I am not a fan of this solution either. To make the code to 
 compile, define dummy as static:

     static T dummy = T.init;  // <-- this works

 That way there will be just one copy for the entire type, 
 instead of one copy per object.

 Ali

Aug 14 2012
prev sibling next sibling parent "Era Scarecrow" <rtcvb32 yahoo.com> writes:
On Wednesday, 15 August 2012 at 00:37:32 UTC, ReneSac wrote:
 And my last question of my first post: I can't use "auto" for 
 the "out" values right? An enhancement proposal like this would 
 be compatible with D?

I would say.... No. Maybe if it was a union, but I don't think so;.It still needs to know it's type when it's working with, aka statically typed (known at compile-time). The auto as an out variable may work in an interpreted or more dynamic language.
Aug 14 2012
prev sibling next sibling parent "Era Scarecrow" <rtcvb32 yahoo.com> writes:
On Wednesday, 15 August 2012 at 01:42:11 UTC, Ali Çehreli wrote:
 Agreed. The function code must be compiled to use certain 
 amount of data from the program stack for that particular 
 parameter. That size of that parameter must be known at compile 
 time.

 The compiler could in theory examine the entire program to 
 determine a type for the parameter but the separate compilation 
 model would preclude it.

Although if you used a template you could pull it off... I think... But you'd need the sources for that. void multiOut(T)(out T outType) { outType = 100; } int a; char b; multiOut(a); multiOut(b); assert(a == 100); assert(b == 100);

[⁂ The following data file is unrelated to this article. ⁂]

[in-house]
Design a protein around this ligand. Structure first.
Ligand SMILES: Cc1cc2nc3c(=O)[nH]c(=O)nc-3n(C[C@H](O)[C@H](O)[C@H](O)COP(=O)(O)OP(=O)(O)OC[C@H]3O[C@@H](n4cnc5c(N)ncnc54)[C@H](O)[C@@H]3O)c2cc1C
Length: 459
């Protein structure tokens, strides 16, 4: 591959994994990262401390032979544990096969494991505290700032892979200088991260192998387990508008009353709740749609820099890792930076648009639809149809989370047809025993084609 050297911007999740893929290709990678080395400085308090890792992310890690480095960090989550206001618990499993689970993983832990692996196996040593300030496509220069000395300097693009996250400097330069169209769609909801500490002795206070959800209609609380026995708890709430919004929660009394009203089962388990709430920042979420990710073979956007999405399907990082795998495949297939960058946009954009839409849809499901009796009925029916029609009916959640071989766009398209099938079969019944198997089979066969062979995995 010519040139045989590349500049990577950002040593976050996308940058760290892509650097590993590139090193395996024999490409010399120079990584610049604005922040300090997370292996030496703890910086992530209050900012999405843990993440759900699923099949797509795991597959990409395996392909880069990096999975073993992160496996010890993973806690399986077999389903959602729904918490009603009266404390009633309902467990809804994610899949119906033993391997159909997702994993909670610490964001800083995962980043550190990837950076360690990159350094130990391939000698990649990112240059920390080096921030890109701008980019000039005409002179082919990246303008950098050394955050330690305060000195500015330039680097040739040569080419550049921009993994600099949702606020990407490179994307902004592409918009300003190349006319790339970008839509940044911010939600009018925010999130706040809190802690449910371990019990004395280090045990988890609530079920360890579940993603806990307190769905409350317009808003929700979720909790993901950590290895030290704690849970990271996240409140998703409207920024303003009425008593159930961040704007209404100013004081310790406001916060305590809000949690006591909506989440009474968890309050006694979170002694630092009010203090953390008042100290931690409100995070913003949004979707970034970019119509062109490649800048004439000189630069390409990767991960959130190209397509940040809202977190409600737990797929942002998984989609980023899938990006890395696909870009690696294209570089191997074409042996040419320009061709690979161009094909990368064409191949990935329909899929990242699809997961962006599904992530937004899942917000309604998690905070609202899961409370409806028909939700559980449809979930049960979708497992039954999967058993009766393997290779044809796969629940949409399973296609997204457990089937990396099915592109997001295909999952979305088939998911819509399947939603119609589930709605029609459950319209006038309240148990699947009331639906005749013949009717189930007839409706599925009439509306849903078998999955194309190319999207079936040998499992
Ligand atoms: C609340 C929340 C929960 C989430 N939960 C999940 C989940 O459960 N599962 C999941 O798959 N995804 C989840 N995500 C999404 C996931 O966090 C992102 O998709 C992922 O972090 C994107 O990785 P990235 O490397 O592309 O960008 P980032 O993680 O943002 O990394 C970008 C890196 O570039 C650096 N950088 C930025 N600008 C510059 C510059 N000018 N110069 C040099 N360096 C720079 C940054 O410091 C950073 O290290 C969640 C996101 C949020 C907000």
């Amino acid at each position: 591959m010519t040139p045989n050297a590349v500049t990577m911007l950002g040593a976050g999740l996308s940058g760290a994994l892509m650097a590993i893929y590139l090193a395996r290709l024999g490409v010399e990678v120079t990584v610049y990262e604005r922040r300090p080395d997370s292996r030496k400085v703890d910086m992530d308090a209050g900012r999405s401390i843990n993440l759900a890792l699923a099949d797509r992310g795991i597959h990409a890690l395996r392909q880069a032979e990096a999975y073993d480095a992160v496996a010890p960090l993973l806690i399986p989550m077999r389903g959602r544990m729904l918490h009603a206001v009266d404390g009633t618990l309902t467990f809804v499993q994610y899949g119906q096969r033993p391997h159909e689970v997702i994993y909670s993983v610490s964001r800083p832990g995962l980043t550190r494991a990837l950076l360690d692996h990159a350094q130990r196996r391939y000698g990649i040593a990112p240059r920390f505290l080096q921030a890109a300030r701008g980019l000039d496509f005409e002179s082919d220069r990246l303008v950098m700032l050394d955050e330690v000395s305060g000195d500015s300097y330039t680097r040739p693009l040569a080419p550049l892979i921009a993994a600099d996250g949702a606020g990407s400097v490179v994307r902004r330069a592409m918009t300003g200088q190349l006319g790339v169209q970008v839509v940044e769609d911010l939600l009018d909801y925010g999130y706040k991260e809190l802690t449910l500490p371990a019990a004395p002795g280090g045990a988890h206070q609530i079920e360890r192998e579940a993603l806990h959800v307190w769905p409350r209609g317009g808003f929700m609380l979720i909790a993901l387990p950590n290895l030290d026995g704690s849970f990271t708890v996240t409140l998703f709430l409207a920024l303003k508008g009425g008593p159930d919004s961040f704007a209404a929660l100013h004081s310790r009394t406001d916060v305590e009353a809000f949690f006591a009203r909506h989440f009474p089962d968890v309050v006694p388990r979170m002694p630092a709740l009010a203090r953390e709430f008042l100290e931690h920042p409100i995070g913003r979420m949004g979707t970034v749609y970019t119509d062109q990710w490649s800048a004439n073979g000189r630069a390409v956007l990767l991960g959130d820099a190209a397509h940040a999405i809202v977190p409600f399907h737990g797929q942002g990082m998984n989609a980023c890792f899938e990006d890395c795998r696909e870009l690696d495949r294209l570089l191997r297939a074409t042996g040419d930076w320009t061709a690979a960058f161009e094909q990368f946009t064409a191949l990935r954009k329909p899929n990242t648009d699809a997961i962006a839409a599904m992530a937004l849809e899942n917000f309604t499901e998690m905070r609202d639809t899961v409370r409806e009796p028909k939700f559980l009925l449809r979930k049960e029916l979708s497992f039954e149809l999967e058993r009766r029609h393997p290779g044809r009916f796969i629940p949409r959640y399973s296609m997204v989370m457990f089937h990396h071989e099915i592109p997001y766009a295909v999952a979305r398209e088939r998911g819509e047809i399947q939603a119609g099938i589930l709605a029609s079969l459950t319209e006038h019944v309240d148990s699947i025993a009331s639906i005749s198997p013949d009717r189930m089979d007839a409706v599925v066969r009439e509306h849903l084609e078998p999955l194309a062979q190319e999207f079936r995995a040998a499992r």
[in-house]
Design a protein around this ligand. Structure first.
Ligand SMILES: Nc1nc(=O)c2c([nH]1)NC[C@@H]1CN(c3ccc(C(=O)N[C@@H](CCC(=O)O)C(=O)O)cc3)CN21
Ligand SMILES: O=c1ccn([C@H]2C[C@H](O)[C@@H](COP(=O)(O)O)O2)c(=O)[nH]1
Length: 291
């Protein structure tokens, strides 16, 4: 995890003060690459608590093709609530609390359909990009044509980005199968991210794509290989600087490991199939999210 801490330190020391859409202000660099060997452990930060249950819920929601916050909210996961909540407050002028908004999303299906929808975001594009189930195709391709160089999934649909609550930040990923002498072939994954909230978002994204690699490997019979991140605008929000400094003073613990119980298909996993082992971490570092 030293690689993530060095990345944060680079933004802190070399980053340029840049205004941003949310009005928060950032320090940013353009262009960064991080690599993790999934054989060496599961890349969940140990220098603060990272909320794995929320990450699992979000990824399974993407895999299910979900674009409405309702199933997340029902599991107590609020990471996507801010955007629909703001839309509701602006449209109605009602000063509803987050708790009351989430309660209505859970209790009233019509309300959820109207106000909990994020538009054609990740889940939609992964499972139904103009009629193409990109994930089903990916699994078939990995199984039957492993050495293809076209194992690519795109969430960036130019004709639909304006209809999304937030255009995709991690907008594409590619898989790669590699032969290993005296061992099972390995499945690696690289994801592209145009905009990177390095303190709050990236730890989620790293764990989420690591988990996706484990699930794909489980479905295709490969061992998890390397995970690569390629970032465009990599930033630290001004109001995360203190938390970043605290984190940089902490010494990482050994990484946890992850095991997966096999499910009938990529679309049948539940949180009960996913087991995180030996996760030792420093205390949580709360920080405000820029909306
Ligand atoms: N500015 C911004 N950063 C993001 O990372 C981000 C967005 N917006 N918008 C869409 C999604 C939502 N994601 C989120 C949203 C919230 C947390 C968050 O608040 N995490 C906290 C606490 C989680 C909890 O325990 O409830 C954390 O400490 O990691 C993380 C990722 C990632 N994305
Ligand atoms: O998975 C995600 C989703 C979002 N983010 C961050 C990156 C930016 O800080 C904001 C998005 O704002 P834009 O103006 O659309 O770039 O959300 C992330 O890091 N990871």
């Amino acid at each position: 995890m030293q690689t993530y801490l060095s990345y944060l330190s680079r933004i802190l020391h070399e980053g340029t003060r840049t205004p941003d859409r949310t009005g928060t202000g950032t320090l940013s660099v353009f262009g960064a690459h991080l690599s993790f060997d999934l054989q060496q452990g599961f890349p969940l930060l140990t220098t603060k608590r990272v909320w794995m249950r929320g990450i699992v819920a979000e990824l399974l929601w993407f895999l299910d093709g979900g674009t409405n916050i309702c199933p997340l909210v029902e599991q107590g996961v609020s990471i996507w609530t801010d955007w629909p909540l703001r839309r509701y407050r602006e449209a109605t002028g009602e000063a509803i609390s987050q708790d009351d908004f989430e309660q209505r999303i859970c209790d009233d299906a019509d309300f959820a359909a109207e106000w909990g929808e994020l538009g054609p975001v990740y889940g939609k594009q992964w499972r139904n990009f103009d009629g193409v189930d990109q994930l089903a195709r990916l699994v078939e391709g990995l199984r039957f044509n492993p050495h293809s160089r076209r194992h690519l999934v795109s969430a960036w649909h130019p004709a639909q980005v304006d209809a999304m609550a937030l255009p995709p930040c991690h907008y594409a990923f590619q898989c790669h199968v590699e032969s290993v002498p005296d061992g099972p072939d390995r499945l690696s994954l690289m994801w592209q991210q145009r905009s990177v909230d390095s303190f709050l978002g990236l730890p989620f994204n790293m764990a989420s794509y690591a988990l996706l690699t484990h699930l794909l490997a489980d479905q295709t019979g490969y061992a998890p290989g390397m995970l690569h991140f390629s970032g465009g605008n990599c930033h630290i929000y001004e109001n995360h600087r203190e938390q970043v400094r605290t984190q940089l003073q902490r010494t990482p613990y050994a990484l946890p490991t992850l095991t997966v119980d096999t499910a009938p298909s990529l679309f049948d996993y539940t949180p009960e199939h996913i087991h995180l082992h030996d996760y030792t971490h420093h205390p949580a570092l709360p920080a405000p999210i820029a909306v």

Aug 14 2012
prev sibling parent "ReneSac" <reneduani yahoo.com.br> writes:
On Wednesday, 15 August 2012 at 01:22:41 UTC, Era Scarecrow wrote:
 On Wednesday, 15 August 2012 at 00:37:32 UTC, ReneSac wrote:
 And my last question of my first post: I can't use "auto" for 
 the "out" values right? An enhancement proposal like this 
 would be compatible with D?

I would say.... No. Maybe if it was a union, but I don't think so;.It still needs to know it's type when it's working with, aka statically typed (known at compile-time). The auto as an out variable may work in an interpreted or more dynamic language.

It was the reverse way (as in my first post): bool bar(out ulong output){ output = 0 ; return true;} auto check = bar(auto num); // error The type of the out parameter is explicit in this case, but, right now, I need to declarate num outside the function, and thus I can't use the auto keyword. I'm not sure how this would work for templatized out parameters (if they are permitted)...
Aug 15 2012